| Among the Pond People|
|by Clara Dillingham Pierson|
|Presents the adventures of Mother Eel, the Playful Muskrat, the Snappy Snapping Turtle, and the other Pond People. These stories are full of humor, yet cleverly convey information about the frogs, minnows, and other pond residents and often suggest a moral in a delicate manner which no child could resist. Ages 5-7 |
THE CLEVER WATER-ADDER
ONE of the pond people were alone more than the
Water-Adders. The Snapping Turtle was left to himself
a great deal until the day when he and Belostoma drove
away the boys. After that his neighbors began to
understand him better and he was less grumpy, so that
those who wore shells were soon quite fond of him.
Belostoma did not have many friends among the smaller
people, and only a few among the larger ones. They
said that he was cruel, and that he had a bad habit of
using his stout sucking tube to sting with. Still,
Belostoma did not care; he said, "A Giant Water-Bug
does not always live in the water. I shall have my
 wings soon, and leave the water and marry. After that,
I shall fly away on my wedding trip. Mrs. Belostoma
may go with me, if she feels like doing so after laying
her eggs here. I shall go anyway. And I shall flutter
and sprawl around the light, and sting people who
bother me, and have a happy time." That was
Belostoma's way. He would sting people who
bothered him, but then he always said that they need
not have bothered him. And perhaps that was so.
With the Water-Adders it was different. They were
good-natured enough, yet the Mud Turtles and Snapping
Turtle were the only ones who ever called upon them and
found them at home. The small people without shells
were afraid of them, and the Clams and Pond Snails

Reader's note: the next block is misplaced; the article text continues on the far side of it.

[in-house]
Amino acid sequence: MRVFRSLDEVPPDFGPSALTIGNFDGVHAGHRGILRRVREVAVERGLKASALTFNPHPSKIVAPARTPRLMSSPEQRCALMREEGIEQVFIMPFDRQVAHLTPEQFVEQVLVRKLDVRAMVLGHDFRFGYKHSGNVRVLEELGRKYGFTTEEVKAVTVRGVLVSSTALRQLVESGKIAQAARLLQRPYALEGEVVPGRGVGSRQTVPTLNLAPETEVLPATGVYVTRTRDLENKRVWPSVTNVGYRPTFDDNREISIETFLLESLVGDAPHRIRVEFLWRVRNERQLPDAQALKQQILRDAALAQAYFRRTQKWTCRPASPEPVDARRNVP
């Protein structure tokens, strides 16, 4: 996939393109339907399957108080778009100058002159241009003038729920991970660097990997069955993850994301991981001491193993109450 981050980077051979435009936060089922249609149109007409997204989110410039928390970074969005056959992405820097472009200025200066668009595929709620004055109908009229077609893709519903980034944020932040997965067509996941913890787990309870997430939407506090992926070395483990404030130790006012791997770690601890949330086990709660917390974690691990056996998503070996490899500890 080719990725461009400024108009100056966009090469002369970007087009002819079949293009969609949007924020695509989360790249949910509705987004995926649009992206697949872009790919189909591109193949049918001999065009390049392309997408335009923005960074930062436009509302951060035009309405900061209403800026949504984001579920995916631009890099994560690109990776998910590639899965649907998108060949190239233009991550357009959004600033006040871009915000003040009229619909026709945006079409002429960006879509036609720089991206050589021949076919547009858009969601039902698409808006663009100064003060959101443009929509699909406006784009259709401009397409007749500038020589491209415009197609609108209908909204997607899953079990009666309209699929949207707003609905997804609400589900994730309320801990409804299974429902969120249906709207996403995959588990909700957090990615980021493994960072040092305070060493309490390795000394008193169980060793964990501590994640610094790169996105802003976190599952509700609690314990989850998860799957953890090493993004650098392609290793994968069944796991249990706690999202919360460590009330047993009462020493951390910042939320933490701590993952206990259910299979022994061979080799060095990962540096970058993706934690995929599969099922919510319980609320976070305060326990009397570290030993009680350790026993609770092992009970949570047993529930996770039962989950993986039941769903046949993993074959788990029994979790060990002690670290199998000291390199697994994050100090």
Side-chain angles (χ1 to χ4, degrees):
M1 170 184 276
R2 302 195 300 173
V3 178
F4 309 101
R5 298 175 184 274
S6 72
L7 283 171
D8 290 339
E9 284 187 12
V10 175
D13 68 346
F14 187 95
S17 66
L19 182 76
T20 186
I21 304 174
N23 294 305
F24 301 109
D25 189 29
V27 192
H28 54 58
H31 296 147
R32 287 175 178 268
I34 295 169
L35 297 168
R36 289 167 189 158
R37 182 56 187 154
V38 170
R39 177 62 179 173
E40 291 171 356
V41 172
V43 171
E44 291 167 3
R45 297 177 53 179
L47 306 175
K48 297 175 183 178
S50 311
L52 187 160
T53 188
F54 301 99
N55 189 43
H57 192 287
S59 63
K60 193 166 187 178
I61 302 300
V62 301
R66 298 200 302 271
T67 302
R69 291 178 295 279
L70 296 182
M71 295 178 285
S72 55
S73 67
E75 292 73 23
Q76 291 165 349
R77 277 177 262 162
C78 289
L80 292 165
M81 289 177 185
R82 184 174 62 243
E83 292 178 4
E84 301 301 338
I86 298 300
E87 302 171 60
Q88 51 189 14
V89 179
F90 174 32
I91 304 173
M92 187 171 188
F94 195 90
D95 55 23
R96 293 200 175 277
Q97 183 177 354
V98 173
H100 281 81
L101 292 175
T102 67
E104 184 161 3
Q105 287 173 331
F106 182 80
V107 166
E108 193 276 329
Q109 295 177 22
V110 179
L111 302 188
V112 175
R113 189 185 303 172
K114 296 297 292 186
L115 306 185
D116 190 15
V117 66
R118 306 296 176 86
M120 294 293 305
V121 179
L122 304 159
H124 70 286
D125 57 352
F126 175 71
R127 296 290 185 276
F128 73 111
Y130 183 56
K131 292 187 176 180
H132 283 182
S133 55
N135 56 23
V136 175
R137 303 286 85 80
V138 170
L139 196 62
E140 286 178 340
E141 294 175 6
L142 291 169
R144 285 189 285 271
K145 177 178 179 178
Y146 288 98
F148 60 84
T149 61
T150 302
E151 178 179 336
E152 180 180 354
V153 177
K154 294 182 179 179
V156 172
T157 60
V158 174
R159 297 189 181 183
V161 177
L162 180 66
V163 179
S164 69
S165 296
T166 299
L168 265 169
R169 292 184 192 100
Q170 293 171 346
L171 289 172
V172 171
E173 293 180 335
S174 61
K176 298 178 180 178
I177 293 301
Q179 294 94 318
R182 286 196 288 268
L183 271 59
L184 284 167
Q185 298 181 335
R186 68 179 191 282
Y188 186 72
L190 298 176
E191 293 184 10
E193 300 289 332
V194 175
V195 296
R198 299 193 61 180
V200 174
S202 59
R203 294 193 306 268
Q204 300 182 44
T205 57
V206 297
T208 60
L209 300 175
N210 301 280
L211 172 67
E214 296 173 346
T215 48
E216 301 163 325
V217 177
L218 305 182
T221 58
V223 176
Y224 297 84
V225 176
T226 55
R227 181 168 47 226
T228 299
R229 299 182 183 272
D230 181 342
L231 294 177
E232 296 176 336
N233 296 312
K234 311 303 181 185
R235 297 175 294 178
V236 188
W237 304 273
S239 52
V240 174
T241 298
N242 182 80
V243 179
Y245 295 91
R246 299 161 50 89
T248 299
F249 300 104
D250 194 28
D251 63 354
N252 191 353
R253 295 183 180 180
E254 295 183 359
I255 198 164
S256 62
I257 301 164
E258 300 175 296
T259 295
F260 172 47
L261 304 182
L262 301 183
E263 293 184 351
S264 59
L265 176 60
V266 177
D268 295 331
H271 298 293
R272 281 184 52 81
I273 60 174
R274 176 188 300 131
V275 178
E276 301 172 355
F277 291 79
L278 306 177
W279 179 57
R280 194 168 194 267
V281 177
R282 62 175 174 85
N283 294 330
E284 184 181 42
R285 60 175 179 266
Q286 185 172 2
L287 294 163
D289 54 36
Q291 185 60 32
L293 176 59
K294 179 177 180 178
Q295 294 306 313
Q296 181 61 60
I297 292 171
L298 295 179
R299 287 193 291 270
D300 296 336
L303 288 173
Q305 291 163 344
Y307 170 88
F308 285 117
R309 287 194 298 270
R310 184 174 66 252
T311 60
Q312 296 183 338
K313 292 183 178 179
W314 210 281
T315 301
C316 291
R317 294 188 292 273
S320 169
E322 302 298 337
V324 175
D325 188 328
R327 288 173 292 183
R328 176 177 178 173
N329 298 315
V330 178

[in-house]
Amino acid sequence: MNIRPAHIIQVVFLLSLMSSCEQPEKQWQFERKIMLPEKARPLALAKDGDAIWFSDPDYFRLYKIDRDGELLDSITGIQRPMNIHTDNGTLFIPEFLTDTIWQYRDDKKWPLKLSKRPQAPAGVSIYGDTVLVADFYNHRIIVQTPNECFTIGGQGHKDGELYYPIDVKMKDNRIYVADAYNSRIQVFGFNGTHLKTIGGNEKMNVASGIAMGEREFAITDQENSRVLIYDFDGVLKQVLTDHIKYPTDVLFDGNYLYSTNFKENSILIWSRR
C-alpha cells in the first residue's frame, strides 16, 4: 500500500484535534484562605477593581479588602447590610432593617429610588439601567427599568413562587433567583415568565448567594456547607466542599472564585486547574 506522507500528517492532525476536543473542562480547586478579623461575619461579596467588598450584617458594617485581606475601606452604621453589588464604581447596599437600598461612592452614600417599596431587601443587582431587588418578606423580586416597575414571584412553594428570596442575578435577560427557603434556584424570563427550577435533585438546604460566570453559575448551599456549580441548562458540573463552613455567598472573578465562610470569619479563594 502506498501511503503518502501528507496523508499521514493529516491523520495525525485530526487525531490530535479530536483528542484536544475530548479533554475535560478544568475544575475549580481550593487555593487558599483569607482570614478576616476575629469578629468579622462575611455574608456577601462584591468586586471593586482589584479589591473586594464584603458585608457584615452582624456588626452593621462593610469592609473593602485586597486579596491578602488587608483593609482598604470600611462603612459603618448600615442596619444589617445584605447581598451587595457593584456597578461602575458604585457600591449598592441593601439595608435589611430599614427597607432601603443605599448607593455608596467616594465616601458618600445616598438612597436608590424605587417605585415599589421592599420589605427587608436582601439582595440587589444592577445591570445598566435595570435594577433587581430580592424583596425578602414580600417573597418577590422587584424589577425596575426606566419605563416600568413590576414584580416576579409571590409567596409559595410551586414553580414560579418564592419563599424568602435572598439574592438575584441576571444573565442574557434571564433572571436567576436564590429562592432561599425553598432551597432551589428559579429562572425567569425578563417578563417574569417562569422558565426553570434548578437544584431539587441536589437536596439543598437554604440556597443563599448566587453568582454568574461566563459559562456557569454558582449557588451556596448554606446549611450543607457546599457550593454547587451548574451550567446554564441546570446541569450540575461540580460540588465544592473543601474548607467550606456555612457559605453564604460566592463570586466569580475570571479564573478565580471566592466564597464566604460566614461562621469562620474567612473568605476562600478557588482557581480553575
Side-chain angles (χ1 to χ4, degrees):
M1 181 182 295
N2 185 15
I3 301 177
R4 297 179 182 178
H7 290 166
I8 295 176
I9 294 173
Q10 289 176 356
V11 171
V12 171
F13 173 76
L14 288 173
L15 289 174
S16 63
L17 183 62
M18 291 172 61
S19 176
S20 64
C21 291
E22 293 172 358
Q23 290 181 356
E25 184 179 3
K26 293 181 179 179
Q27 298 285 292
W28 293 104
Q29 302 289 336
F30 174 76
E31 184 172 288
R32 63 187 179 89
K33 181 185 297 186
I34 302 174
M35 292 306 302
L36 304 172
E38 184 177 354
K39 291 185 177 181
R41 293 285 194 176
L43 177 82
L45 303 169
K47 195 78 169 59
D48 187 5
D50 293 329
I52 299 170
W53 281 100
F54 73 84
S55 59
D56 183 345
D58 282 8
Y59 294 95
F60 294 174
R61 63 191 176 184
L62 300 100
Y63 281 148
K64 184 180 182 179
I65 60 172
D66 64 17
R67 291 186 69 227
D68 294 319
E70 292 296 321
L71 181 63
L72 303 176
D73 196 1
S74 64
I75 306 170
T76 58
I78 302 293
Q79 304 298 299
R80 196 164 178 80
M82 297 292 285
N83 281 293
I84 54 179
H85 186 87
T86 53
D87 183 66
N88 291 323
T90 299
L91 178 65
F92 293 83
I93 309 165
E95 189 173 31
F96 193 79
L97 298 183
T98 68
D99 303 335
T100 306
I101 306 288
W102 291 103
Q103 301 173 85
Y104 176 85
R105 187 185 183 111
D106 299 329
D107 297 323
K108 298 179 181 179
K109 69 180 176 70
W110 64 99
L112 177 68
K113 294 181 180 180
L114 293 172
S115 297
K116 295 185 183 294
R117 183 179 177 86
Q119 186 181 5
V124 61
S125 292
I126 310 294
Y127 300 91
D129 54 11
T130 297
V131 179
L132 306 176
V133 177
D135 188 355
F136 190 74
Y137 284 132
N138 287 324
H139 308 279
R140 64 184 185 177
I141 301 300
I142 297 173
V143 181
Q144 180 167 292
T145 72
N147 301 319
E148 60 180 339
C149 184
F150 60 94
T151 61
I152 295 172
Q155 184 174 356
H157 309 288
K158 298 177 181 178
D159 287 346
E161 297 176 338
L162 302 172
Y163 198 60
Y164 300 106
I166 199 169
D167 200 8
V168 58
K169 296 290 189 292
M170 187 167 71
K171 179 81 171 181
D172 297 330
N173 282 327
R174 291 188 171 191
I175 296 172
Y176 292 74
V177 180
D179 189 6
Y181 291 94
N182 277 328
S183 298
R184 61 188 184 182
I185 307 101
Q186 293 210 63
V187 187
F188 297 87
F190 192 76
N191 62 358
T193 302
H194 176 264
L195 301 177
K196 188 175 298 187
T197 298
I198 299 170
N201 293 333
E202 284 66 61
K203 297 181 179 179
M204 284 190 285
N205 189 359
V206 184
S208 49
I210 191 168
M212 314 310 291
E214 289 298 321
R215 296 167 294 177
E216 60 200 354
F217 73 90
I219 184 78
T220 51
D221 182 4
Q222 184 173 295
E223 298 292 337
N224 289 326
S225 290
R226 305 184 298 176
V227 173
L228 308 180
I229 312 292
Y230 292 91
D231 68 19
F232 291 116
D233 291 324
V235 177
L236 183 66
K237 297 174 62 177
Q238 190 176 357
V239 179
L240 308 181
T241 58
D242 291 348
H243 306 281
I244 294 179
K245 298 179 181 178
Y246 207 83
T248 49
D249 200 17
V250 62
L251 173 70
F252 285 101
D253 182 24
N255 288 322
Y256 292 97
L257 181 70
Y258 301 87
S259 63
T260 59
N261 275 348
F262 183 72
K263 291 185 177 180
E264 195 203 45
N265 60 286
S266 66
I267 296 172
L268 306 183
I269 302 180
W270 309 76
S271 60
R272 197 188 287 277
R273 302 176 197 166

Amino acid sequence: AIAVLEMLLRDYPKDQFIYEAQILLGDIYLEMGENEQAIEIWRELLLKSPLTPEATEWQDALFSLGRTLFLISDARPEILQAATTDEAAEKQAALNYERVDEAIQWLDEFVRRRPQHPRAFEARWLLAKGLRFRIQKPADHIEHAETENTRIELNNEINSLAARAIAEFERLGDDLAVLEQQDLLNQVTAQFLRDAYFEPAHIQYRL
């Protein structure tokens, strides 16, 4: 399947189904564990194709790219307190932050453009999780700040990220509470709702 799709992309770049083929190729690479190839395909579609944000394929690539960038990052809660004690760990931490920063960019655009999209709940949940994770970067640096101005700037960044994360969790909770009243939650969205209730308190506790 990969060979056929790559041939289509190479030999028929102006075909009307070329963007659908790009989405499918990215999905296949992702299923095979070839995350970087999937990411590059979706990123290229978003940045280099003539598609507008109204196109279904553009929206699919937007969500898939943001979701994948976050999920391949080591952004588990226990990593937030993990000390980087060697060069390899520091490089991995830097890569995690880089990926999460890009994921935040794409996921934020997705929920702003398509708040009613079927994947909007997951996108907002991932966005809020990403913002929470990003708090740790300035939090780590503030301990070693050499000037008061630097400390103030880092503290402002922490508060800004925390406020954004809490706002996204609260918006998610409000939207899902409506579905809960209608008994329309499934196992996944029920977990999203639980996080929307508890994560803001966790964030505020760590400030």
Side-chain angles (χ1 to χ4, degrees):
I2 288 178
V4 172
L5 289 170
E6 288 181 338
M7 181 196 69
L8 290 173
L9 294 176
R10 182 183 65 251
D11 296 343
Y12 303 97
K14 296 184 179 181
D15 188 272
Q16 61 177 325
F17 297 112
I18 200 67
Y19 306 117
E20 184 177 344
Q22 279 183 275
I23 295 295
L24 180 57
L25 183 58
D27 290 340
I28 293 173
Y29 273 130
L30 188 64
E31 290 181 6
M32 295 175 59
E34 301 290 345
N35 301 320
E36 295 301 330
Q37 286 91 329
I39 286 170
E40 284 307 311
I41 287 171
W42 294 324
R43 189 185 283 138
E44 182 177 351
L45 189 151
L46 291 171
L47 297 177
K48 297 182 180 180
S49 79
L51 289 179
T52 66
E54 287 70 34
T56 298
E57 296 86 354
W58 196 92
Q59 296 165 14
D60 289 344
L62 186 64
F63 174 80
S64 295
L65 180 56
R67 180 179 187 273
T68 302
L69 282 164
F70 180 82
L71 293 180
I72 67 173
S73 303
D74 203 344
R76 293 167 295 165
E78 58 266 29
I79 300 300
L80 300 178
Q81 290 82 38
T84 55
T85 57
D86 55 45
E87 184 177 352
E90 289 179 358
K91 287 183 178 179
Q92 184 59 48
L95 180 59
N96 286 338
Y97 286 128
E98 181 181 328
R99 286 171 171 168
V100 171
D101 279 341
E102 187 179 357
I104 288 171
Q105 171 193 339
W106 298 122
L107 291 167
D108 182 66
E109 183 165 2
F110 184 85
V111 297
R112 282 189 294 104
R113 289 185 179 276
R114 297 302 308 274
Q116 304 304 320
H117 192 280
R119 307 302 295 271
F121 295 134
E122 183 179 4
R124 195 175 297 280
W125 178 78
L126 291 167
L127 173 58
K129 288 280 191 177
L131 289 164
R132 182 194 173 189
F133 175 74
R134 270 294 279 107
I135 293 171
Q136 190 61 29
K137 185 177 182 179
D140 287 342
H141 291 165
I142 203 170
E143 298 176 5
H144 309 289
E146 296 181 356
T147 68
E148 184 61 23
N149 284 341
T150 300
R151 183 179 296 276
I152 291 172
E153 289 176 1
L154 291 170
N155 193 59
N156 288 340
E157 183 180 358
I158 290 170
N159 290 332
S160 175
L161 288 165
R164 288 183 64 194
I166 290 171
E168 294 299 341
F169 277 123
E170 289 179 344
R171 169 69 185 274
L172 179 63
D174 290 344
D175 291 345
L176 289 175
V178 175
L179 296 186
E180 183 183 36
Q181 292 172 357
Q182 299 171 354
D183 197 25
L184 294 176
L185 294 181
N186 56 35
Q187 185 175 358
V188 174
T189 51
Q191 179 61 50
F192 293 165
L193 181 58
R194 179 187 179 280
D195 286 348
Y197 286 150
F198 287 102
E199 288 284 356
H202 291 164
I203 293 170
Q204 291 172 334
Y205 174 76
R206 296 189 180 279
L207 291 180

never called upon any one. The Minnows said they could
not bear the looks of the Adders—they had such ugly
mouths and such quick motions. The larger
 fishes kept away on account of their children, who were
small and tender.
One might think that the Sand-Hill Cranes, the Fish
Hawks, and the other shore families would have been
good friends for them, but when they called, the Adders
were always away. People said that the Adders were
afraid of them.
The Yellow Brown Frog wished that the Adders could be
scared, badly scared, some time: so scared that a
chilly feeling would run down their backs from their
heads clear to the tips of their tails. "I wish," said
he, "that the chilly feeling would be big enough to go
way through to their bellies. Their bellies are only
the front side of their backs, anyway," he added,
"because they are so thin." Of course this was a
dreadful wish to make, but people said that one of the
Adders had frightened the Yellow Brown Frog so that he
never got over it, and this was the reason he felt so.
 The Water-Adders were certainly the cleverest people in
the pond, and there was one Mother Adder who was so
very bright that they called her "the Clever
Water-Adder." She could do almost anything, and she
knew it. She talked about it, too, and that showed bad
taste, and was one reason why she was not liked better.
She could swim very fast, could creep, glide, catch
hold of things with her tail, hang herself from the
branch of a tree, lift her head far into the air, leap,
dart, bound, and dive. All her family could do these
things, but she could do them a little the best.
One day she was hanging over the pond in a very
graceful position, with her tail twisted carelessly
around a willow branch. The Snapping Turtle and a Mud
Turtle Father were in the shallow water below her. Her
slender forked tongue was darting in and out of her
open mouth. She was using her tongue in this way most
 the time. "It is useful in feeling of things," she
said, "and then, I have always thought it quite
becoming." She could see herself reflected in the
still water below her, and she noticed how prettily the
dark brown of her back shaded into the white of her
belly. You see she was vain as well as clever.
The Snapping Turtle felt cross to-day, and had come to
see if a talk with her would not make him feel better.